Turning now to FIG. 10, the circuitry employed to convert the AC signal from VS1 to DC current is shown. An AC input signal from the microphone VS1 is amplified via amplifier A10 and associated components and passed to AC filter comprising amplifier A11 and associated components. The A11 filter is set for bandpass in the neighborhood of 3500 Hz which is the resonant mode of microphone VS1. Because of low signal levels from VS1 and the associated amplifier and filter, a precision rectifier comprising A12 and A13 is used instead of a full-wave bridge rectifier employing diodes. The diode voltage prop is unacceptably high for use in the present design. Precision zener D71 and associated components provide a highly regulated power supply for the rectifier.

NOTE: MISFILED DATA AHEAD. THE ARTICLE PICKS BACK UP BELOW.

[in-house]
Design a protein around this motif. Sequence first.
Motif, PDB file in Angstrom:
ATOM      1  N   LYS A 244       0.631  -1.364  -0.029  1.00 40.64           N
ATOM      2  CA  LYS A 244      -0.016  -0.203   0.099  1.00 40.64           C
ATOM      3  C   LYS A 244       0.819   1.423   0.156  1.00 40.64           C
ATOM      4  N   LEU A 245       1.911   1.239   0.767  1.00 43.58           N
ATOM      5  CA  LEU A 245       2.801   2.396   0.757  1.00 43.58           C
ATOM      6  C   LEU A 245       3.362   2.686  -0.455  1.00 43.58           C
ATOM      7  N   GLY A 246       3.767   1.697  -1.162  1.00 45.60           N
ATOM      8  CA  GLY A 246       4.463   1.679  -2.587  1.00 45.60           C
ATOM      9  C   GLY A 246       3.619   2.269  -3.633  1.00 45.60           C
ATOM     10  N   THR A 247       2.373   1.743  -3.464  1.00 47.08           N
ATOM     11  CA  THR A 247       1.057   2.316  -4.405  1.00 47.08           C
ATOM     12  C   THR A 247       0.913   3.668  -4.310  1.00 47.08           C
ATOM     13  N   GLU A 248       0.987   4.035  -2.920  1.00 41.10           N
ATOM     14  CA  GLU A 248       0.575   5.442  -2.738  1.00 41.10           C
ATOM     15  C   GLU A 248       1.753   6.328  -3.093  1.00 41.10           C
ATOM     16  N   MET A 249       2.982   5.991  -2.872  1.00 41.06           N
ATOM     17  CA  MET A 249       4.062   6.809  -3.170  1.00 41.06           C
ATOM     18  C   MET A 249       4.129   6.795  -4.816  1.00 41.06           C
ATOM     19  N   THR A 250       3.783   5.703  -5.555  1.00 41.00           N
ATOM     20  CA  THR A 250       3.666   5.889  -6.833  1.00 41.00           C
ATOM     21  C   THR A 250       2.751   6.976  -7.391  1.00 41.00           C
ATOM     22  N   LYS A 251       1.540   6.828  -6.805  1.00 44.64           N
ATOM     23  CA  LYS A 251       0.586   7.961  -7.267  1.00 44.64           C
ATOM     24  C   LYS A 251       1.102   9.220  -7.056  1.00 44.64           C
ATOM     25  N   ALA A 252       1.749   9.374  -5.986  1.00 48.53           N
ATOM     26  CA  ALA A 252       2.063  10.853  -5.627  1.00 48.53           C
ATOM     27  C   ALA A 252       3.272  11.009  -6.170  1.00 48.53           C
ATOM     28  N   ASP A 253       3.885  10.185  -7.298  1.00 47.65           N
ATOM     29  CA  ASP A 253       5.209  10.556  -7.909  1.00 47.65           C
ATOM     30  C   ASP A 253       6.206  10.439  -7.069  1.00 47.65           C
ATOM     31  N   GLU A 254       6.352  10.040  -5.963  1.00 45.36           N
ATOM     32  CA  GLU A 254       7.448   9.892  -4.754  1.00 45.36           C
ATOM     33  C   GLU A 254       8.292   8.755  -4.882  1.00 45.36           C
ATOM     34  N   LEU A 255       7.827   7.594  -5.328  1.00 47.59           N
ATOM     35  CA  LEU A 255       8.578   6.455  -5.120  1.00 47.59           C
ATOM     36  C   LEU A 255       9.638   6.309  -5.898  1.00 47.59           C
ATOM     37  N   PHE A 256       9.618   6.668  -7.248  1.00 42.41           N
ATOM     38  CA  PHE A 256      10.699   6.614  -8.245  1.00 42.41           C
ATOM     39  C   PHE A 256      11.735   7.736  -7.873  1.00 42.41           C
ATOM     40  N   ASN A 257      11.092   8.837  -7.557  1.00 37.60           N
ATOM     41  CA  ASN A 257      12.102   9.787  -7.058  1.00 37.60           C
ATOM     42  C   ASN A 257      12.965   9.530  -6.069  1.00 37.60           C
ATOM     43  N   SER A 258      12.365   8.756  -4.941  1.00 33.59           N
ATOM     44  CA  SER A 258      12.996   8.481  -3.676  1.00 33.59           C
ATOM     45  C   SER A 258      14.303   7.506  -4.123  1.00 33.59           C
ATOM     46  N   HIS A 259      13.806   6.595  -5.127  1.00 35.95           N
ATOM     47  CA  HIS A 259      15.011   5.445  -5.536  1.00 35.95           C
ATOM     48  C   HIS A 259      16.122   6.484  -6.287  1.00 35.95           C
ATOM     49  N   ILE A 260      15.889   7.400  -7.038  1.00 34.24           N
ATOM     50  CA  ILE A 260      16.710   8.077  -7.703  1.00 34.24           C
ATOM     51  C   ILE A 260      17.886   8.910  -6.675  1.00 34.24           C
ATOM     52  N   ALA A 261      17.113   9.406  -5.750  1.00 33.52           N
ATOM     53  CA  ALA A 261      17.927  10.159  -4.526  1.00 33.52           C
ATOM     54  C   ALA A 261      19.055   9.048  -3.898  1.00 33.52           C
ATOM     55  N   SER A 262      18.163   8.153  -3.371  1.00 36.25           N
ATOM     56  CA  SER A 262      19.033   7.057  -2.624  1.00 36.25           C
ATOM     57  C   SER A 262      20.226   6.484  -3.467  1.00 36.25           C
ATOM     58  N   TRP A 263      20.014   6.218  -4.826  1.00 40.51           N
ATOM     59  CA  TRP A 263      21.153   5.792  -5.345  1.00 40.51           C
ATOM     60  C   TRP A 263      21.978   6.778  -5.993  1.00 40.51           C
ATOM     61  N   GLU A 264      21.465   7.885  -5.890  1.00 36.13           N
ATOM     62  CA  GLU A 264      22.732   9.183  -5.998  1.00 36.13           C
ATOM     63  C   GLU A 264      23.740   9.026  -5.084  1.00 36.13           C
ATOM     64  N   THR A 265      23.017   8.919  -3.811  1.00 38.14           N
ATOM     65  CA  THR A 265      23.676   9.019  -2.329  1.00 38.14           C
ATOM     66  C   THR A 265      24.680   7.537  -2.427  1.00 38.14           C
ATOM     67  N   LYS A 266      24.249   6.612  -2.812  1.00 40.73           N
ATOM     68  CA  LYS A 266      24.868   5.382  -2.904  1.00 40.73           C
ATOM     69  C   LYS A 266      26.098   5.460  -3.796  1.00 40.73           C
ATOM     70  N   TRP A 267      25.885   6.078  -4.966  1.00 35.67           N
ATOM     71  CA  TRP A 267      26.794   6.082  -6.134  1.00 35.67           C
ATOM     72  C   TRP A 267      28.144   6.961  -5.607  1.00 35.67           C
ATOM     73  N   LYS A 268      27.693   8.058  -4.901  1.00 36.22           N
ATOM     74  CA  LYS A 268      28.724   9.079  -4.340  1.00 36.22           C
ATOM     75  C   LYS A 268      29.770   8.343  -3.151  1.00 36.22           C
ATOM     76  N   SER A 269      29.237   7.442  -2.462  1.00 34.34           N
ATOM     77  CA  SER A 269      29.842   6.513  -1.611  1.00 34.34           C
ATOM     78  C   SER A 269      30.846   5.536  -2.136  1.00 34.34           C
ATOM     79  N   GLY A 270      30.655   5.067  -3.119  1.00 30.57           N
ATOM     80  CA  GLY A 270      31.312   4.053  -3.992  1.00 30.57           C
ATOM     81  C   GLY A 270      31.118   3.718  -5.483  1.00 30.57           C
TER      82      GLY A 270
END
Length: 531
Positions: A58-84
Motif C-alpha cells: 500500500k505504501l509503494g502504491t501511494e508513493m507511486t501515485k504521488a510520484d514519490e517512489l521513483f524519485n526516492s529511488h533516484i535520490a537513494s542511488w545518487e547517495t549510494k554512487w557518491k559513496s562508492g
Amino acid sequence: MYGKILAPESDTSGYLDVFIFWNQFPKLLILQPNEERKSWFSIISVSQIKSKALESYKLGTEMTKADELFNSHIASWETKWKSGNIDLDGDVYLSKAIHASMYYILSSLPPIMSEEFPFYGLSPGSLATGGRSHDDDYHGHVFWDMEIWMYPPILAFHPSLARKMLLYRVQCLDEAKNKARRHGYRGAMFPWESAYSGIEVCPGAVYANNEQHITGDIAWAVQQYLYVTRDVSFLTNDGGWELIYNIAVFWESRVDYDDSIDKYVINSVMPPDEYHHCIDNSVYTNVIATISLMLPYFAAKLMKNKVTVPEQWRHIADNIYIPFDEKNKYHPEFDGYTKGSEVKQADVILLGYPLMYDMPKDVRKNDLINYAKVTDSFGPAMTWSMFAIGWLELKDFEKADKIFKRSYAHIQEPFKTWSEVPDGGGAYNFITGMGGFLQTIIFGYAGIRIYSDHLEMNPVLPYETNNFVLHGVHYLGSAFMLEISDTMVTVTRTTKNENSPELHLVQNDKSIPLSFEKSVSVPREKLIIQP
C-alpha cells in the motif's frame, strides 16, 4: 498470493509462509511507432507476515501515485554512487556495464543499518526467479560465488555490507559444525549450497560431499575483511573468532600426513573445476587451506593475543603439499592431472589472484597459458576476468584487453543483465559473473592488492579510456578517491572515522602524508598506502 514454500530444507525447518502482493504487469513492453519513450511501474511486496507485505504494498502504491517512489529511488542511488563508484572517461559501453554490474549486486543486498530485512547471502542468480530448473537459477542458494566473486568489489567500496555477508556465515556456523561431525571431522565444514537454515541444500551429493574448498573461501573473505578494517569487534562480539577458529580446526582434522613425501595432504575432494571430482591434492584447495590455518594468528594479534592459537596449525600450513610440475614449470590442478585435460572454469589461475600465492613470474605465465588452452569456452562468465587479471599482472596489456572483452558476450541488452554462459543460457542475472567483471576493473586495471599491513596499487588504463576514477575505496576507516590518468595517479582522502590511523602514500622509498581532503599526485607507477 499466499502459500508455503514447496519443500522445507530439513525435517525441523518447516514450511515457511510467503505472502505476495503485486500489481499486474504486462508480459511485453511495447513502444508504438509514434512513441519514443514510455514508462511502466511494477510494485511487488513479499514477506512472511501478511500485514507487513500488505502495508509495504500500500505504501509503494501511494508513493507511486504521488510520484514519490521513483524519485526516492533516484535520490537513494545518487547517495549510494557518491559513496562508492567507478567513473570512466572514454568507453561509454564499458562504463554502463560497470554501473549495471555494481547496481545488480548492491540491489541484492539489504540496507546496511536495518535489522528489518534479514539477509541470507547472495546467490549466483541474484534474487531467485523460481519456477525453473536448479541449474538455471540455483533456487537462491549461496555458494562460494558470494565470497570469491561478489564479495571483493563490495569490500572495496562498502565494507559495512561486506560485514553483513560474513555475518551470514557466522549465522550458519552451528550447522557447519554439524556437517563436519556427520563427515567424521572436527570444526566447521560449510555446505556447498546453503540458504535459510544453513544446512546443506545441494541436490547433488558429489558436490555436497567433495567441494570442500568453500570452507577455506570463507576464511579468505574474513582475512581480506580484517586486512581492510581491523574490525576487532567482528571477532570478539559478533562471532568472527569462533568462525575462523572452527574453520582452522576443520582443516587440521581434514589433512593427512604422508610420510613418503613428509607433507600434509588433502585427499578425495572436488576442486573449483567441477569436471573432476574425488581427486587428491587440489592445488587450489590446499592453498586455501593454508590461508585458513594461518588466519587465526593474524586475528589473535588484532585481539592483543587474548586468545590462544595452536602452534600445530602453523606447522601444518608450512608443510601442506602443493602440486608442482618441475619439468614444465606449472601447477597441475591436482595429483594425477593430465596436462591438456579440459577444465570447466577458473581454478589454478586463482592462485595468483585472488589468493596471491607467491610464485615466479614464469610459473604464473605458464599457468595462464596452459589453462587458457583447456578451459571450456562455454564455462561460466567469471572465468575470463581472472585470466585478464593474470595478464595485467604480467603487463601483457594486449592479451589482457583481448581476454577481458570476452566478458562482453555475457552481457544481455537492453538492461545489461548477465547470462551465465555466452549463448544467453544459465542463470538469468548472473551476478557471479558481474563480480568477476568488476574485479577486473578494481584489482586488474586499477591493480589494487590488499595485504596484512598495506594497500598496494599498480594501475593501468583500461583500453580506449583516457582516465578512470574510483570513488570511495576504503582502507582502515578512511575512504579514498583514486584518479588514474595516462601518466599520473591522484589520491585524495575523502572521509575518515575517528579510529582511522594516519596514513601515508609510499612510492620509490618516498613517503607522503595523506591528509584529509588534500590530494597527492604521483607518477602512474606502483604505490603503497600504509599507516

Amplifier A14 and transistors Q10 and Q11 provide for the conversion of the DC voltage from the rectifier A12 and A13 into a DC current signal. Analog line switch Q13 is enabled by the damper command word via damper board 51 and is electrically connected as part of analog header TS1 via TS1a and TS1b. Amplifier A15 functions as a clamp to limit the maximum voltage input into A14 and thus prevent an input high enough into the A/D converter of U4 which could cause it to "roll-over" past its upper count limit and thus provide erroneous data.
The data received via air flow sensor 54 is handled by U1 as reference counts rather than as an exact quantitative analysis of actual air flow in the duct 25. This data corresponds to the relative air pressure in duct 25.
Bypass damper 50 is controlled via the damper board motor header TS2 by an 8-bit damper command word sent from U1. The damper 50 itself is operated by a precision stepper motor.